Mikep

Active Member
#3
Great post Phil, very detailed :D

Its a satisfying job to do especially when the wipers are nice and smooth and the delay works!

codekiddie said:
As with other owners on here, the three mounting rubbers had perished, so new ones were made from some pipe, bolts, washers and nuts (Nice idea Mike :D )
I'm glad I could offer a solution :D
 
#5
rockdemon said:
fantastic post! Nice job... stickied!
Thanks Rich :p

Mikep said:
codekiddie said:
As with other owners on here, the three mounting rubbers had perished, so new ones were made from some pipe, bolts, washers and nuts (Nice idea Mike :D )
I'm glad I could offer a solution :D
So was I Mike :shock: They worked a treat.

You will see that when I was part way through the rebuild, I tested the motor just to make sure all was OK, and the whole assembly would jolt with the force of the start/stop motion of the motor, so the rubber mountings are a must to lessen the impact when in situ. I was actually down to just one original mounting rubber being intact, and that was close to being terminal :shock:

billoddie said:
Excellent post. :)
Thanks, I hope it helps others out :D

I have now finished putting the air intake valance back on, and the wiper arms, and it all works great. Another job off the list :D
 

GRTV8

Well-Known Member
#9
Fantastic thread
You are a legend now . Whats next on your agenda ?
You are on the way to making the best workshop manual ever . I love coloured pictures with words
Gerald
 
#11
The Rovering Member said:
Bruiser's wipers are a little lazy after the break from the road. This would be a worthwhile job. Nice one!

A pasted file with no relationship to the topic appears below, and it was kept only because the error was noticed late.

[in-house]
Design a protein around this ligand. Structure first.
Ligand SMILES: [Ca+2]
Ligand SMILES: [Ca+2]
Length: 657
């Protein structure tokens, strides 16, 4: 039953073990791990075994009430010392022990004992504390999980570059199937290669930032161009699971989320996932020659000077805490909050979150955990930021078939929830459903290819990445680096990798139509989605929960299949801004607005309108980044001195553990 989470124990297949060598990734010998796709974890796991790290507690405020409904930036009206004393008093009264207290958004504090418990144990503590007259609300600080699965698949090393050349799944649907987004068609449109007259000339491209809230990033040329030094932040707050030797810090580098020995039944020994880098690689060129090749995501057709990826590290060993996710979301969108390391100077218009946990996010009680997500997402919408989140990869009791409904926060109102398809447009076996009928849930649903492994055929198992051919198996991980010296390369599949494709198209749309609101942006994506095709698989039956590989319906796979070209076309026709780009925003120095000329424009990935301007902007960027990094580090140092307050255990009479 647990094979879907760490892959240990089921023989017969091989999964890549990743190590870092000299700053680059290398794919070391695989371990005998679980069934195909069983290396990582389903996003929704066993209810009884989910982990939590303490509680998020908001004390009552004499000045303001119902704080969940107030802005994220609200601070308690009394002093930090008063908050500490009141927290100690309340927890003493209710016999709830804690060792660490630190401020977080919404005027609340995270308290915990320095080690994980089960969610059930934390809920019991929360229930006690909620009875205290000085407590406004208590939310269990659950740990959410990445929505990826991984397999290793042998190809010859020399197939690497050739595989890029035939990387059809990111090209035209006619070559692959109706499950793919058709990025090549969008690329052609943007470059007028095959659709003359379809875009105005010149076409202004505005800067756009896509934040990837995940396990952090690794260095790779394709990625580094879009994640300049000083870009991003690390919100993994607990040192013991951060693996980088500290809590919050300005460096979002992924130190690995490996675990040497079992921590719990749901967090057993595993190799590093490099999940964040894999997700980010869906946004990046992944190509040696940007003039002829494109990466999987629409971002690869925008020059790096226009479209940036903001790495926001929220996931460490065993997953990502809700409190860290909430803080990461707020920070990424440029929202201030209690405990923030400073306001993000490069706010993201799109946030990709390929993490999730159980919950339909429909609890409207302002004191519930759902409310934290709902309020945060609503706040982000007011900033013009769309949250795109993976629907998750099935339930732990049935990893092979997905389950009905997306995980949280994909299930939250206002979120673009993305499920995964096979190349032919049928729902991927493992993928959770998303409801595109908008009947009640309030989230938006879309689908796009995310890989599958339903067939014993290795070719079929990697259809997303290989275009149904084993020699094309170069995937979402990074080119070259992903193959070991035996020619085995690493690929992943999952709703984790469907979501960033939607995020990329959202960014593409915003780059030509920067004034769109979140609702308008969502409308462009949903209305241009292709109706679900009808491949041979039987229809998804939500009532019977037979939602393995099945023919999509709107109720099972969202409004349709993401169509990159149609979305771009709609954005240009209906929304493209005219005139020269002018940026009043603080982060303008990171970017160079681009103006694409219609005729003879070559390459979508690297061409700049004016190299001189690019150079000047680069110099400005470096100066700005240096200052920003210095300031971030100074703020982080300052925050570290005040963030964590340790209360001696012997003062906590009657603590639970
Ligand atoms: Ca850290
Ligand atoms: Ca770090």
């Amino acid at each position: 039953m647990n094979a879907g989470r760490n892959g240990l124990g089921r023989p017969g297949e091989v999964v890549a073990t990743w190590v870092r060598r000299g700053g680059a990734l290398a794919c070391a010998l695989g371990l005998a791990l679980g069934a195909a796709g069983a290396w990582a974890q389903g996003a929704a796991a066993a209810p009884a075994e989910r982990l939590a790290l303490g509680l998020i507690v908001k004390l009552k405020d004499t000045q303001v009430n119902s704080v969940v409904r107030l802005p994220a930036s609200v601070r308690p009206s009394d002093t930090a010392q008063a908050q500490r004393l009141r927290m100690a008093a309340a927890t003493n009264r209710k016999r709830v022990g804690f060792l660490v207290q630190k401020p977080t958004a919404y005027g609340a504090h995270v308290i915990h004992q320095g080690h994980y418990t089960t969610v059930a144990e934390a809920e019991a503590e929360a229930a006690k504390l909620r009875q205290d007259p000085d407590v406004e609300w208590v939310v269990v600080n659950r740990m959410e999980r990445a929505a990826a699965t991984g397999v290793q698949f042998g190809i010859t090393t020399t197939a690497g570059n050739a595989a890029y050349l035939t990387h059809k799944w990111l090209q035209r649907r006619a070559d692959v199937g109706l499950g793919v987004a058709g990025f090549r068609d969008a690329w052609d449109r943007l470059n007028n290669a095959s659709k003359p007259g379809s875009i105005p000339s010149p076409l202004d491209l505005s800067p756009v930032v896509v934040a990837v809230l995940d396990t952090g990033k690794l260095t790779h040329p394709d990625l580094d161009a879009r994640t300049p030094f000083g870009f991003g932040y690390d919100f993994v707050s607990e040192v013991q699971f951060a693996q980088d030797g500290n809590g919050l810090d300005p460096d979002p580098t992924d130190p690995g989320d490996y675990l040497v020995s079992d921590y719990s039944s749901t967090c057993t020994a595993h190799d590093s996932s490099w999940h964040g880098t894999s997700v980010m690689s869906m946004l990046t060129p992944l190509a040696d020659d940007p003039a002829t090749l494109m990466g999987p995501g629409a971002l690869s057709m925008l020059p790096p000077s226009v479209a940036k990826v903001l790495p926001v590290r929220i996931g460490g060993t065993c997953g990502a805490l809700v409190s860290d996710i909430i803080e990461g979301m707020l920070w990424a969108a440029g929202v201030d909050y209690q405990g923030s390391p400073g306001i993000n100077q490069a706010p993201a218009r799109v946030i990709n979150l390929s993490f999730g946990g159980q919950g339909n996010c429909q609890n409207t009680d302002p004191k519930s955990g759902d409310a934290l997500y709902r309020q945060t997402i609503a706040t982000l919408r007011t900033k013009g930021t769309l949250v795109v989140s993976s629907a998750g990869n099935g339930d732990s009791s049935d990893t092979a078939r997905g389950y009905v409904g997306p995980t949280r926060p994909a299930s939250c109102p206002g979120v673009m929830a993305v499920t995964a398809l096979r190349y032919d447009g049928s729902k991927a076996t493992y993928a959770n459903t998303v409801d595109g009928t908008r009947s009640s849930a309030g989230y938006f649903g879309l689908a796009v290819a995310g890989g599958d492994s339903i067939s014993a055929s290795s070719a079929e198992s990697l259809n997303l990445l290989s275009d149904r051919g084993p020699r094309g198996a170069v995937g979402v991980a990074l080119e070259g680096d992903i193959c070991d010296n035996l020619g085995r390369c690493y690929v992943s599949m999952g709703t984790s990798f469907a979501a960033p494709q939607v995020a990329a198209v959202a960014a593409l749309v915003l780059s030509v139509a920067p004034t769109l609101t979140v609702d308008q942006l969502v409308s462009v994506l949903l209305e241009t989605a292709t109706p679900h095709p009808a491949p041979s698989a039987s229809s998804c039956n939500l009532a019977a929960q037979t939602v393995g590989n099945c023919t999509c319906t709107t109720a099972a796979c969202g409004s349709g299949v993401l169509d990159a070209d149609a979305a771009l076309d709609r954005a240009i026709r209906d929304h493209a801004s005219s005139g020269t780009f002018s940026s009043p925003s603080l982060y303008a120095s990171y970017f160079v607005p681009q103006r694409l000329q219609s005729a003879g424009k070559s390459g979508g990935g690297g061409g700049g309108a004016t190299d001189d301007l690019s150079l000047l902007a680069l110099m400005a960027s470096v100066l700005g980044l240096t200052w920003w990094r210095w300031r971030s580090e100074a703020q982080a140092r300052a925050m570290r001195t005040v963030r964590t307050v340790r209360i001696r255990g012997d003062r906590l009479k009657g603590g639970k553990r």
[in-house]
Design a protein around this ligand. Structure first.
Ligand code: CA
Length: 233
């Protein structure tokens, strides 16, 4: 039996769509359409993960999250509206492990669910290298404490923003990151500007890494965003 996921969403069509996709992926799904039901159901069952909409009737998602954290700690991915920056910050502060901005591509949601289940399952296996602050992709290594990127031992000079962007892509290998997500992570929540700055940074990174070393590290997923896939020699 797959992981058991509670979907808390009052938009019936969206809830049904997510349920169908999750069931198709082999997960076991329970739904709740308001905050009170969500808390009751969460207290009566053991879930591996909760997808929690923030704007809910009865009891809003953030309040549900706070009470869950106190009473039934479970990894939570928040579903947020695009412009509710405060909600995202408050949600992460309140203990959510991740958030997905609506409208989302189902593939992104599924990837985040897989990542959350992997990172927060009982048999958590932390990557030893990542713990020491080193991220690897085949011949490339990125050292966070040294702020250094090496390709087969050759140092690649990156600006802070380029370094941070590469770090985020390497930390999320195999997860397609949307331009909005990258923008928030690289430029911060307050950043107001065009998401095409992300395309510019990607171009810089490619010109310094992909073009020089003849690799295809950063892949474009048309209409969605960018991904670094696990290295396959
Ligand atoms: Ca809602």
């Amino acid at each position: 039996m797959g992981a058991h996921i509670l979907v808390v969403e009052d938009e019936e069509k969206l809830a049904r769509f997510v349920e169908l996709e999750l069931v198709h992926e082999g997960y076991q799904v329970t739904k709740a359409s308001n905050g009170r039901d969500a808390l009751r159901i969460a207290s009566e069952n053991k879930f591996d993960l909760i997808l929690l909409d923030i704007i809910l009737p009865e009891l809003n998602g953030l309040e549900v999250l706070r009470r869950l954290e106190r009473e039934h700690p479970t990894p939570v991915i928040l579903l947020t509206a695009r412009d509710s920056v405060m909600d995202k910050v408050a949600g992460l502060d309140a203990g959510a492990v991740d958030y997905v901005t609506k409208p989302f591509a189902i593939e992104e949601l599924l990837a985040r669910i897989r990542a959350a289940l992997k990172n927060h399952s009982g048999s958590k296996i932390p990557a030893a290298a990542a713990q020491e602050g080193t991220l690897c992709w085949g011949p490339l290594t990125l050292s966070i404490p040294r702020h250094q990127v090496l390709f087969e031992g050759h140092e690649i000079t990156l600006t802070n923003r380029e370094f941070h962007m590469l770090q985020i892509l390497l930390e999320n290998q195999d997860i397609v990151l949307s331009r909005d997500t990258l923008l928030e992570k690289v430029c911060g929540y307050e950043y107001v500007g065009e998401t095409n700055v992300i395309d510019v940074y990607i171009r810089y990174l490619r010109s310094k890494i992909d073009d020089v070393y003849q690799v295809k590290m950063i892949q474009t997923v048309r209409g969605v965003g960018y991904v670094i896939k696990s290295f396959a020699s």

Definitely worthwhile, and worthwhile doing it before the wipers need to be in more regular use :shock: which is one reason I did it now rather than later.

Johnny E said:
One of the best and most thoroughly written threads ever, with really useful photos. Great stuff
Thanks:- hope it helps.

Quagmire said:
Excellent post, many thanks for taking the time to document everything, outstanding!I need to do this on mine :shock:
Fortunately a fairly straightforward job, just a little bit messy with all the grease around :(

GRTV8 said:
Fantastic thread
You are a legend now . Whats next on your agenda ?
You are on the way to making the best workshop manual ever . I love coloured pictures with words
Legend??? Now you're just embarrassing me. There are plenty of others on this forum who, IMHO, have and deserve legendary status, but I don't count myself as one of them, and I will be sure not to use any black and white photos since you like the coloured ones so much :p

smokin1942 said:
Terrific report - 53 pics and 7 diagrams; now that's a job done properly!!
Think yourself lucky, 112 pictures in all were taken, I just spared you from them all :shock: iPhones are so useful for capturing step-by-step procedures like this :p
 
#13
Wasn't there a late production modification to the wiper delay unit, superseded to a non vacuum solid state unit which rendered the delay control on the column ineffective? Harvey?
 

harveyp6

Well-Known Member
#14
richj said:
Wasn't there a late production modification to the wiper delay unit, superseded to a non vacuum solid state unit which rendered the delay control on the column ineffective? Harvey?
Yes, very late cars had an electronic delay unit. Arthuy on here had one on a 2200 he had.
 
#15
harveyp6 said:
richj said:
Wasn't there a late production modification to the wiper delay unit, superseded to a non vacuum solid state unit which rendered the delay control on the column ineffective? Harvey?
Yes, very late cars had an electronic delay unit. Arthuy on here had one on a 2200 he had.
Ah, has anybody got any wiring diagrams, pictures, etc, of the later solid state type? :?: :D
 
#19
What a brilliant post. I too have had delay problems which occur intermittently.
Looks like I might have a shot at this.
Great pics and explanation
Many thanks for taking the time to put it up
Cheers,
John 71 P6B
 
#20
johnhoy said:
What a brilliant post. I too have had delay problems which occur intermittently.
Looks like I might have a shot at this.
Great pics and explanation
Many thanks for taking the time to put it up
Cheers,
John 71 P6B
Glad you liked it John. It's not too bad a job, just have plenty of rag around to clean out the old grease, if you decide to do the complete strip down of the motor :shock: